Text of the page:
If you have a desire to work within the legal world, or work to maintain our society's safety, then continue reading below to learn all you can about this possible career path. A traditional four year college or university that offers a criminal justice certificate or degree program will have you completing course work related to criminal justice policing, statistics, methods of research, and the various court systems. You will also spend time studying criminal law, community corrections, juvenile justice, corrections, and criminal procedure.
Depending on which learning institution you attend, there may be a significant amount of studies related to practical policing skills as well as to our society's social deviance issues. Successful completion of this course work can result in you obtaining a bachelor of criminal justice degree or certificate.
Remember, a degree in criminal justice is quite different from a degree in criminology. Should you decide to focus your studies on criminology you will spend much of your time learning about the causes of a crime, criminal behavior in general, crime as a social occurrence, and any other aspects of crime.
Overall, criminal justice refers to the procedures and institutions set up by our government that aims to uphold social control. This ultimately involves discouraging and mitigating crime as well as sanctioning those who break the law by having them fulfill criminal consequences or rehabilitation plans. In the United States, the criminal justice system contains three important parts.
The legislative branch of our criminal justice system is responsible for creating the laws that citizens are expected to abide by. The adjudication portion refers to the court systems, which works to deal with offenders in a fair and just manner. The corrections section of our criminal justice system includes the jails and prisons, as well as the probation and parole departments. Each portion of our criminal justice system works together as a means of maintaining the law within our society.
Should you decide to join the criminal justice system as a law enforcement agent (police), you will likely be the first person an offender comes in contact with. It will be your responsibility to investigate someone who is suspected of wrong doing and to make an arrest accordingly. Police officers work to enforce the law and keep the peace within a given jurisdiction. If you think working within the court system will suit you better, there are several options available for you in that sector. Each type of court system (civil court, family court, etc.) requires that a judge, defense attorney, and a prosecutor be present. While the judge is an individual who is elected, both the defense attorney and the prosecutor simply need a law degree in order to practice law.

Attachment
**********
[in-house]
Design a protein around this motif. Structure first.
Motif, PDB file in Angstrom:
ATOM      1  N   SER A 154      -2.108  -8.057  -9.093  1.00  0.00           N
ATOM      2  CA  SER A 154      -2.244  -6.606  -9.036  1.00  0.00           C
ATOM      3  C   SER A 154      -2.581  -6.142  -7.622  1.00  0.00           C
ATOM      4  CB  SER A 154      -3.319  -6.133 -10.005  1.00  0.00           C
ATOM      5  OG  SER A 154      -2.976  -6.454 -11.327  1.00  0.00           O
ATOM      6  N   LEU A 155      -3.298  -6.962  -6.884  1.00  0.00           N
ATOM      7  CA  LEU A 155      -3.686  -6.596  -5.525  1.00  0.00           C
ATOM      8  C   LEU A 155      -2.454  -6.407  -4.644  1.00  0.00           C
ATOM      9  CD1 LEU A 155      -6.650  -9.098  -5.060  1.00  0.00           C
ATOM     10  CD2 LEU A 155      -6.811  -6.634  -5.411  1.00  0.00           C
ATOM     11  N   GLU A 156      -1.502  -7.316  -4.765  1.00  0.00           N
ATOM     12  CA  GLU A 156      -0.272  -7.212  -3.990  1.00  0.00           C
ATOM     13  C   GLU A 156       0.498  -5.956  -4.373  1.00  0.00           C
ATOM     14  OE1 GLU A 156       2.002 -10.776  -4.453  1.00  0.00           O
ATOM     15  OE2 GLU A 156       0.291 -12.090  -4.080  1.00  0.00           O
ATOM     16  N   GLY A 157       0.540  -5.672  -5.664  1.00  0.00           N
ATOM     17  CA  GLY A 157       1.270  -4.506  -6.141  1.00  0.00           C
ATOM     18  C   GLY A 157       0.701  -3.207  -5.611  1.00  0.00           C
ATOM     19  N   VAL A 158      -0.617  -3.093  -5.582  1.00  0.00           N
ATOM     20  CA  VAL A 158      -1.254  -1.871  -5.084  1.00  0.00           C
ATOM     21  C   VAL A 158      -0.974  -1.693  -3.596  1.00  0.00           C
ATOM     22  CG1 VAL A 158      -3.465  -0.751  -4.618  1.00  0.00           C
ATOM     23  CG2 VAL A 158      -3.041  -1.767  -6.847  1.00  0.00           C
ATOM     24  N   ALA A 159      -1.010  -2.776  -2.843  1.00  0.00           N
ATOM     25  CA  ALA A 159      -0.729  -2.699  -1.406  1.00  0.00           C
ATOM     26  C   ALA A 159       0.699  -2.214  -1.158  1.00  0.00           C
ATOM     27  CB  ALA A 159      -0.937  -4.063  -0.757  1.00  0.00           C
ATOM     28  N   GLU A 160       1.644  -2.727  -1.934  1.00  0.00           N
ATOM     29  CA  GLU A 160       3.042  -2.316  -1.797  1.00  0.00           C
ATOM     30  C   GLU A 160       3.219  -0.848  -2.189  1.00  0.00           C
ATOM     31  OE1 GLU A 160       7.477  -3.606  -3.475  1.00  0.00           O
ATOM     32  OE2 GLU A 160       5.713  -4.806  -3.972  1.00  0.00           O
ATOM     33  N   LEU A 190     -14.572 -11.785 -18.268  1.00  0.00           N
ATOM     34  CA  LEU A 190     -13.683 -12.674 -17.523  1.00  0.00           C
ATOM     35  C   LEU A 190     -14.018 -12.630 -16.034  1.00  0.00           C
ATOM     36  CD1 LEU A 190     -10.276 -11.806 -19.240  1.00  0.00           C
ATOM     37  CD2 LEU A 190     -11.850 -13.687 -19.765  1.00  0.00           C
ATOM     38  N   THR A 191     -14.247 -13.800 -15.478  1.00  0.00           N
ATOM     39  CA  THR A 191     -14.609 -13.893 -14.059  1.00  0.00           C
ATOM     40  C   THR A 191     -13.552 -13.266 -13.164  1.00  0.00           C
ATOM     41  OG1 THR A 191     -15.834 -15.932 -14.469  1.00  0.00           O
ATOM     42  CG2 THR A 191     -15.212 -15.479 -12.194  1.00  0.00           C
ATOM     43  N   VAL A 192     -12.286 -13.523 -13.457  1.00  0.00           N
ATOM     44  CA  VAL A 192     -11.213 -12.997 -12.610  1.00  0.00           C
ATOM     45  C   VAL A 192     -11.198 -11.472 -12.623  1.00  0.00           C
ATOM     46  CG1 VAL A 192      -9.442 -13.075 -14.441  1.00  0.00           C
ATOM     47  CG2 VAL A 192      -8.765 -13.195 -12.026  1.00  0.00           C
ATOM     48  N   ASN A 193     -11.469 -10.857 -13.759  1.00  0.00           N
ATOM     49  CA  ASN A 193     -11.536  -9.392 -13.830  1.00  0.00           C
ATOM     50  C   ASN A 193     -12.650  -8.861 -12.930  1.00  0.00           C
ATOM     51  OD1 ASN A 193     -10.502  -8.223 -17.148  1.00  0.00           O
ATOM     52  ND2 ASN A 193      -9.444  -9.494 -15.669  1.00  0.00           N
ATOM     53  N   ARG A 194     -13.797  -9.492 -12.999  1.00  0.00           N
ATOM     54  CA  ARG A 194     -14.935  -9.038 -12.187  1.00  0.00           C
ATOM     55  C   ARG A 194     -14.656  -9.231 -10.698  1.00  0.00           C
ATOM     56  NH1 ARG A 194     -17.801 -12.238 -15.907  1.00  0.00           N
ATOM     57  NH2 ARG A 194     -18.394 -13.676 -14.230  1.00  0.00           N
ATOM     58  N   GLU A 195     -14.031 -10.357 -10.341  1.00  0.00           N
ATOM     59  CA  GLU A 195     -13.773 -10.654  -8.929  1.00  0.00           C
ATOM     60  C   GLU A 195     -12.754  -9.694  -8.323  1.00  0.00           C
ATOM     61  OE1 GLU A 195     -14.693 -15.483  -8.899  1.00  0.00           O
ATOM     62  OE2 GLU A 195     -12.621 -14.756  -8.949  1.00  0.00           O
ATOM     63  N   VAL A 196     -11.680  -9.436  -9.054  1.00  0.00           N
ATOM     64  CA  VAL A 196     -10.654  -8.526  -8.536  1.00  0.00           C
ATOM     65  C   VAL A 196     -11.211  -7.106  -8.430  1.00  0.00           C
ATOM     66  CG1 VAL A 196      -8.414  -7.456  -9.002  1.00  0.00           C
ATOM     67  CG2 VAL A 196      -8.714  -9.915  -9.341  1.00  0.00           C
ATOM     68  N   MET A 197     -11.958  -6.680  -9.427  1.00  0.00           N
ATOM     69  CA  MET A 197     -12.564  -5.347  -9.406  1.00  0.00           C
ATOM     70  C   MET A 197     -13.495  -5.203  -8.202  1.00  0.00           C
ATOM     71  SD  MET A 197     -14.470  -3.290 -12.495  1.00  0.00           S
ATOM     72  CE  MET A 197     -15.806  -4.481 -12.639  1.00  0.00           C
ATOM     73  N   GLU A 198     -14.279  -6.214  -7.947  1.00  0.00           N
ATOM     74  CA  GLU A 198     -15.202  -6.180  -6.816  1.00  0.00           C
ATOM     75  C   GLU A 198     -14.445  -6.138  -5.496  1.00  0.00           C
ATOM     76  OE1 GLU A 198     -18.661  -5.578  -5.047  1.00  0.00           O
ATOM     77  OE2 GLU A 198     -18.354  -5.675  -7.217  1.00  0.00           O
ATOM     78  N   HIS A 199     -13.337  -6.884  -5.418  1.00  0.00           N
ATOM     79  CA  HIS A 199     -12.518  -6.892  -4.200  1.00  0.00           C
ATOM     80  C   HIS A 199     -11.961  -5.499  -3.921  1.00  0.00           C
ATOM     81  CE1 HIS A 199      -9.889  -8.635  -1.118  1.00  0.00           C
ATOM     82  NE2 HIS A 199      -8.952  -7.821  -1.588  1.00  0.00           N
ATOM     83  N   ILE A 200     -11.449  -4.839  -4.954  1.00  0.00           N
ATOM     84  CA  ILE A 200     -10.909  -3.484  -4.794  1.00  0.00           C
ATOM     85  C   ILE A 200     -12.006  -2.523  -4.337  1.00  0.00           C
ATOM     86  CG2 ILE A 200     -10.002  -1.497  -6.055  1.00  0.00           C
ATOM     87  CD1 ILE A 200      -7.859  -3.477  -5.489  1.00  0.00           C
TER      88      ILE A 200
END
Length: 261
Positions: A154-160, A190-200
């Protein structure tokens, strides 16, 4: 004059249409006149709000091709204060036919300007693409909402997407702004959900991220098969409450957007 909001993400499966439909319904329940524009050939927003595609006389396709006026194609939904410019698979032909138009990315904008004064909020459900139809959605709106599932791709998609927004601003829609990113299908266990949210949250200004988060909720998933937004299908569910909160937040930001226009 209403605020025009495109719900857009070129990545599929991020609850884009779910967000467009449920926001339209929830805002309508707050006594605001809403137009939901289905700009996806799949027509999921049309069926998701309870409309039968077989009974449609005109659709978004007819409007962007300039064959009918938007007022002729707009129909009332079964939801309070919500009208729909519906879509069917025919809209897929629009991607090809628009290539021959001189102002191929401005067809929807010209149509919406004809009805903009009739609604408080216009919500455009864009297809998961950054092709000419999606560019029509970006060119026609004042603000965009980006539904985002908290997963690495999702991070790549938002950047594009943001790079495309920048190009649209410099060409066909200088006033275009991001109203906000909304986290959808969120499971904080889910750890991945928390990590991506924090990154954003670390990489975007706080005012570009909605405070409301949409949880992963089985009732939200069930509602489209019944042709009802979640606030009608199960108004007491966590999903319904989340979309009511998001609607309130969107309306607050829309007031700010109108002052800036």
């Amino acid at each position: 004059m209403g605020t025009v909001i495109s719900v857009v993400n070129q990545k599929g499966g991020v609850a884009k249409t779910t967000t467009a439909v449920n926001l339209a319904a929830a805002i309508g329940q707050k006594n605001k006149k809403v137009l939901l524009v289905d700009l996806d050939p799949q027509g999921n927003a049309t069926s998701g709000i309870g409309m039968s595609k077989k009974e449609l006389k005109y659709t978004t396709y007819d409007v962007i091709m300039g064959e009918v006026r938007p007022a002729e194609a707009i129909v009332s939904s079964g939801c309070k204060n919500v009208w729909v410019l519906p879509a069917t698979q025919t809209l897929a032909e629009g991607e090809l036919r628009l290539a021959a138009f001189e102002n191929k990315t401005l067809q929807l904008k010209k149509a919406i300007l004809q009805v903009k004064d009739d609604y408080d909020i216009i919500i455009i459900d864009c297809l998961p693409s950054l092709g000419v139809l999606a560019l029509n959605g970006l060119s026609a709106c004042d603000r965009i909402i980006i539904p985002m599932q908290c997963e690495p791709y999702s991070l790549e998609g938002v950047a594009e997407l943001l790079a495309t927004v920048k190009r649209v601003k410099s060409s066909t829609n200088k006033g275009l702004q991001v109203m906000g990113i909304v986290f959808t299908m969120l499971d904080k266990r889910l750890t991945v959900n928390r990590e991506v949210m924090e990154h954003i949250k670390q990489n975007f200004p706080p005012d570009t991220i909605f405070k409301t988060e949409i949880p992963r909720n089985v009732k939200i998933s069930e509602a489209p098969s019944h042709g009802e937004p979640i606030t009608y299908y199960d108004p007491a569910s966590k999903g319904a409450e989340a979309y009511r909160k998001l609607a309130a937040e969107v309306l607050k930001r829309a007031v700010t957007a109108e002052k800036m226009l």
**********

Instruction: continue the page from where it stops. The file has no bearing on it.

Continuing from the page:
The prosecutor, who often works in the district attorney's office, is a lawyer who acts on charges brought against an individual, a group of people, or a company. The defense attorney, however, works with the accused to suggest legal strategies and counsel them on the necessary process. It is the defense attorney's responsibility to represent the best interests of the client and to raise evidentiary or procedural issues. Research any of the criminal justice schools below to get started pursuing your educational dreams.
Start your training in Criminal Justice and it will open up different career paths for you to pursue. Many students upon graduation look into fields as security guards, private investigators, armed guards at prisons or even bounty hunters. If you are looking to get into law enforcement then we recommend additional training, one that requires a degree.
Your first job if you possess a certificate in criminal justice will more than likely be that of any of the above jobs. Your pay will be low at first when you first start in these positions but will increase the more education you receive and longer you stay on the job. Police offers and sheriffs would be the career most decide upon when entering this field and additional training is necessary.
Many graduates have found employment at the local, state or even federal level. This in-demand career is one you can be proud of.
When you start your certificate program in Criminal Justice you’ll study and cover lots of different topics which might include:
- Forensic Science
- The Judicial System
- Crime Scene Investigation
- Fundamentals of Law and Practice
- White Collar Crimes
- Domestic Violence
- the Correctional Systems and Prisons
- Report Writing
- Juvenile Justice System
- Ethics in Criminal Justice
When researching schools you’ll first want to determine if any of the schools listed has a campus location near you. If not you’ll want to see if they offer an online criminal justice certificate. Many of the schools listed do and they might also offer other similar programs such as homeland security or corrections management training.
Accreditation is also an important thing when looking into any school you want to attend. Being an accredited criminal justice school means you as a student have certain protections in the event you can’t finish, the school goes under or you wish to continue with your education at a different school. Probably the biggest of any is the credit transferability issue. Let’s say you earn your criminal justice certificate and wish to continue on and earn our degree. If the school you attended doesn’t offer a degree and you wish to transfer to another school as long as both schools are accredited (hopefully by the same accrediting agency) then you should have a smooth transfer. Problems come up if you are trying to transfer non-accredited credits to a new school.
Criminal Justice Resources:
National Criminal Justice Association
American Criminal Justice Association